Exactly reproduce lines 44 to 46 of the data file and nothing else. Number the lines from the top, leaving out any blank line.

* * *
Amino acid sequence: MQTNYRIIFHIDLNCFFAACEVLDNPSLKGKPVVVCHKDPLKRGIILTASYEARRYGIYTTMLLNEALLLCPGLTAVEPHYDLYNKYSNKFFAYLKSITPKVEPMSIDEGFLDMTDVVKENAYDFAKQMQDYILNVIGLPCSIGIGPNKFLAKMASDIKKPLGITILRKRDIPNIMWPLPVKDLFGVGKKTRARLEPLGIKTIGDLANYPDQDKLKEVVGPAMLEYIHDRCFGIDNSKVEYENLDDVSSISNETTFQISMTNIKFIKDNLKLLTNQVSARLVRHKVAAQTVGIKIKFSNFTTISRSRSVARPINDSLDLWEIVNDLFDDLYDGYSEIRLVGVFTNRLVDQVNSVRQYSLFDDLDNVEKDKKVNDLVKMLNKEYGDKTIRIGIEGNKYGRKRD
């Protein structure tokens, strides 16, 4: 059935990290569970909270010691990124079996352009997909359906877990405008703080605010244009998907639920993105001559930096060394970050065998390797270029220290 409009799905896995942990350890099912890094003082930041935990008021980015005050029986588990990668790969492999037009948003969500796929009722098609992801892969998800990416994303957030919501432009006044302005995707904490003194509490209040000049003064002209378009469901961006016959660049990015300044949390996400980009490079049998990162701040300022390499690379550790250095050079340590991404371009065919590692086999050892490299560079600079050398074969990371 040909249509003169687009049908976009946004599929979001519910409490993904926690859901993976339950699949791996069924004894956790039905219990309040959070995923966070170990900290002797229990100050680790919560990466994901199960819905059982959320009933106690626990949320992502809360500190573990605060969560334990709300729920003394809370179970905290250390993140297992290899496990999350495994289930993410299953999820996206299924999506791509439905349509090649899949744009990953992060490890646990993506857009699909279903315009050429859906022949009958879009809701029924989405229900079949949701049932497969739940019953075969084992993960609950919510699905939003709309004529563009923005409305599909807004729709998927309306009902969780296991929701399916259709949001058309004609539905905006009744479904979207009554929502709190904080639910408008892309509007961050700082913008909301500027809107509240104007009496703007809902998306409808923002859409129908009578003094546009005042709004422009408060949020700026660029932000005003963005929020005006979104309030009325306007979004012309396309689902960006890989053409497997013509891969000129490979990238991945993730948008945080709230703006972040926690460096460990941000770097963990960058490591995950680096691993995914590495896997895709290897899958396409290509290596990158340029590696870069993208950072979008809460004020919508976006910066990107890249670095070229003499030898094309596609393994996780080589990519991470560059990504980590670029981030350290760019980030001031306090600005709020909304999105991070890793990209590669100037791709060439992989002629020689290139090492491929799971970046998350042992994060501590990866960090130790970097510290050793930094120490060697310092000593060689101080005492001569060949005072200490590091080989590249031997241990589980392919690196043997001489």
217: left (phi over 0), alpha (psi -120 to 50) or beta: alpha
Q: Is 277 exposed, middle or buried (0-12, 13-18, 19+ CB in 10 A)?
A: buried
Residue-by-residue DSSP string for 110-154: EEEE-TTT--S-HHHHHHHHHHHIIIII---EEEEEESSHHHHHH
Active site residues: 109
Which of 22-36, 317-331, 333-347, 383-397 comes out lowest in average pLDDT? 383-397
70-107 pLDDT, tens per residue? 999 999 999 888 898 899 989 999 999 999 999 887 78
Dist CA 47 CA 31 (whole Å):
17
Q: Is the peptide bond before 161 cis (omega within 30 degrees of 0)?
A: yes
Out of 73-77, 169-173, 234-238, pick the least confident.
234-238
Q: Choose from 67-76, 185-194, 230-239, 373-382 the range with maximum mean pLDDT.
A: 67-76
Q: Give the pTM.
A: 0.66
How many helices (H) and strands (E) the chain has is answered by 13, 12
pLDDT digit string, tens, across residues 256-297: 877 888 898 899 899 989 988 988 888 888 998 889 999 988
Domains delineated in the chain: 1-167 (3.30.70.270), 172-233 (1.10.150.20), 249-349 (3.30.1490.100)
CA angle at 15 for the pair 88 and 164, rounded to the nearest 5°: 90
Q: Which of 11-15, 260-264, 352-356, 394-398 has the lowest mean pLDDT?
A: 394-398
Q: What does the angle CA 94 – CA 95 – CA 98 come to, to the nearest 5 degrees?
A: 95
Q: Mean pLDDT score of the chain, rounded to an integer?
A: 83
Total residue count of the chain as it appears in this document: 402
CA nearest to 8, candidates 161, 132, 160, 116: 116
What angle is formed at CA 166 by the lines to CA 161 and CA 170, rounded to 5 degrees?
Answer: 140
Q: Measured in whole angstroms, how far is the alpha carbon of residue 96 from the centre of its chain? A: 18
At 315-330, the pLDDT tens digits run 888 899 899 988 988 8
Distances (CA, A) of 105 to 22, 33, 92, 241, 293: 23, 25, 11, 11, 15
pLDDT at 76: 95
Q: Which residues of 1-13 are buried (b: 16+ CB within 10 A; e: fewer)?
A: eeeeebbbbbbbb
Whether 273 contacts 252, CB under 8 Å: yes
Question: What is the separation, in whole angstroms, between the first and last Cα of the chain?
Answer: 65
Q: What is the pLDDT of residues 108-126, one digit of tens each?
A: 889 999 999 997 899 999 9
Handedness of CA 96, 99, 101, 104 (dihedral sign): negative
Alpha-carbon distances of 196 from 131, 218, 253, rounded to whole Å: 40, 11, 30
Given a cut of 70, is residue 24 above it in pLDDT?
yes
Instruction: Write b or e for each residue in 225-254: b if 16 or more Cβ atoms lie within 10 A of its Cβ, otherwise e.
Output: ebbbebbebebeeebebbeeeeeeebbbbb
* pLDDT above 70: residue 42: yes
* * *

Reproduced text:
A: 889 999 999 997 899 999 9
Handedness of CA 96, 99, 101, 104 (dihedral sign): negative
Alpha-carbon distances of 196 from 131, 218, 253, rounded to whole Å: 40, 11, 30